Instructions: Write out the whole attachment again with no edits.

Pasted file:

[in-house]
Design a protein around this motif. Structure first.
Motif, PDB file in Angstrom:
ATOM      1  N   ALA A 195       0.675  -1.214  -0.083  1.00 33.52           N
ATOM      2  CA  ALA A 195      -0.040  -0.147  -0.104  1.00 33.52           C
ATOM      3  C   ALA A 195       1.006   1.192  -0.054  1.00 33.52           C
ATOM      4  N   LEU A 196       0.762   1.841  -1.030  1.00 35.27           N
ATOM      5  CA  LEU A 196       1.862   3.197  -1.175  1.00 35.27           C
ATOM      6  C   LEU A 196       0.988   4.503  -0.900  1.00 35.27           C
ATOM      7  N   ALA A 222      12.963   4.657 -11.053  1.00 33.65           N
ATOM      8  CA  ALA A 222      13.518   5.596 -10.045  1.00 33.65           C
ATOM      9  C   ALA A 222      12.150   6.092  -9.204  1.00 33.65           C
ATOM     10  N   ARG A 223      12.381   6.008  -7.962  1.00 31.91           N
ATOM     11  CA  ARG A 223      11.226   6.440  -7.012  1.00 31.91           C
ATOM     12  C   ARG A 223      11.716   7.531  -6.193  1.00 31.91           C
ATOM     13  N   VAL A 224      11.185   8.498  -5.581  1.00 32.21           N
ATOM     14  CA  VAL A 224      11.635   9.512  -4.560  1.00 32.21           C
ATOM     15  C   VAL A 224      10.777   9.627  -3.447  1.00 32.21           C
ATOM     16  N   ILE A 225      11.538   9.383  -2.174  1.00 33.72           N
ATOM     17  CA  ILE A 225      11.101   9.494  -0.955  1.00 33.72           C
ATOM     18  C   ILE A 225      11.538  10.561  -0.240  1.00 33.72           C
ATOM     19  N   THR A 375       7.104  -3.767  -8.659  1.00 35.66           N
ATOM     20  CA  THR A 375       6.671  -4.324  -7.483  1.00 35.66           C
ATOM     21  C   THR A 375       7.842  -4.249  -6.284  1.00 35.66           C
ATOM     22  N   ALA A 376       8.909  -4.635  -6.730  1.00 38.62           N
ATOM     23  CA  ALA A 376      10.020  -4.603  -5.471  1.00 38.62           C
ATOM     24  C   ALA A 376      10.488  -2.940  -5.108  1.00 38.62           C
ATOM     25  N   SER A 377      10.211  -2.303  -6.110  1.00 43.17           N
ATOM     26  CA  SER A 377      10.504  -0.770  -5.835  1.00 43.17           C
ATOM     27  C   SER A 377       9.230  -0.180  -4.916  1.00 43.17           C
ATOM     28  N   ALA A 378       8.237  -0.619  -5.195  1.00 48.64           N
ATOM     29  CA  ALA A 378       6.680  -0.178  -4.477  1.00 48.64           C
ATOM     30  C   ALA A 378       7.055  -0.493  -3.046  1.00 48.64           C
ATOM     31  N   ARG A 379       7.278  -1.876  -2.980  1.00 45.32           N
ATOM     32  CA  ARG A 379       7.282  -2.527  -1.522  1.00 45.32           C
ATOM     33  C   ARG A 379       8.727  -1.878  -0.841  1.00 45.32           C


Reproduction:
[in-house]
Design a protein around this motif. Structure first.
Motif, PDB file in Angstrom:
ATOM      1  N   ALA A 195       0.675  -1.214  -0.083  1.00 33.52           N
ATOM      2  CA  ALA A 195      -0.040  -0.147  -0.104  1.00 33.52           C
ATOM      3  C   ALA A 195       1.006   1.192  -0.054  1.00 33.52           C
ATOM      4  N   LEU A 196       0.762   1.841  -1.030  1.00 35.27           N
ATOM      5  CA  LEU A 196       1.862   3.197  -1.175  1.00 35.27           C
ATOM      6  C   LEU A 196       0.988   4.503  -0.900  1.00 35.27           C
ATOM      7  N   ALA A 222      12.963   4.657 -11.053  1.00 33.65           N
ATOM      8  CA  ALA A 222      13.518   5.596 -10.045  1.00 33.65           C
ATOM      9  C   ALA A 222      12.150   6.092  -9.204  1.00 33.65           C
ATOM     10  N   ARG A 223      12.381   6.008  -7.962  1.00 31.91           N
ATOM     11  CA  ARG A 223      11.226   6.440  -7.012  1.00 31.91           C
ATOM     12  C   ARG A 223      11.716   7.531  -6.193  1.00 31.91           C
ATOM     13  N   VAL A 224      11.185   8.498  -5.581  1.00 32.21           N
ATOM     14  CA  VAL A 224      11.635   9.512  -4.560  1.00 32.21           C
ATOM     15  C   VAL A 224      10.777   9.627  -3.447  1.00 32.21           C
ATOM     16  N   ILE A 225      11.538   9.383  -2.174  1.00 33.72           N
ATOM     17  CA  ILE A 225      11.101   9.494  -0.955  1.00 33.72           C
ATOM     18  C   ILE A 225      11.538  10.561  -0.240  1.00 33.72           C
ATOM     19  N   THR A 375       7.104  -3.767  -8.659  1.00 35.66           N
ATOM     20  CA  THR A 375       6.671  -4.324  -7.483  1.00 35.66           C
ATOM     21  C   THR A 375       7.842  -4.249  -6.284  1.00 35.66           C
ATOM     22  N   ALA A 376       8.909  -4.635  -6.730  1.00 38.62           N
ATOM     23  CA  ALA A 376      10.020  -4.603  -5.471  1.00 38.62           C
ATOM     24  C   ALA A 376      10.488  -2.940  -5.108  1.00 38.62           C
ATOM     25  N   SER A 377      10.211  -2.303  -6.110  1.00 43.17           N
ATOM     26  CA  SER A 377      10.504  -0.770  -5.835  1.00 43.17           C
ATOM     27  C   SER A 377       9.230  -0.180  -4.916  1.00 43.17           C
ATOM     28  N   ALA A 378       8.237  -0.619  -5.195  1.00 48.64           N
ATOM     29  CA  ALA A 378       6.680  -0.178  -4.477  1.00 48.64           C
ATOM     30  C   ALA A 378       7.055  -0.493  -3.046  1.00 48.64           C
ATOM     31  N   ARG A 379       7.278  -1.876  -2.980  1.00 45.32           N
ATOM     32  CA  ARG A 379       7.282  -2.527  -1.522  1.00 45.32           C
ATOM     33  C   ARG A 379       8.727  -1.878  -0.841  1.00 45.32           C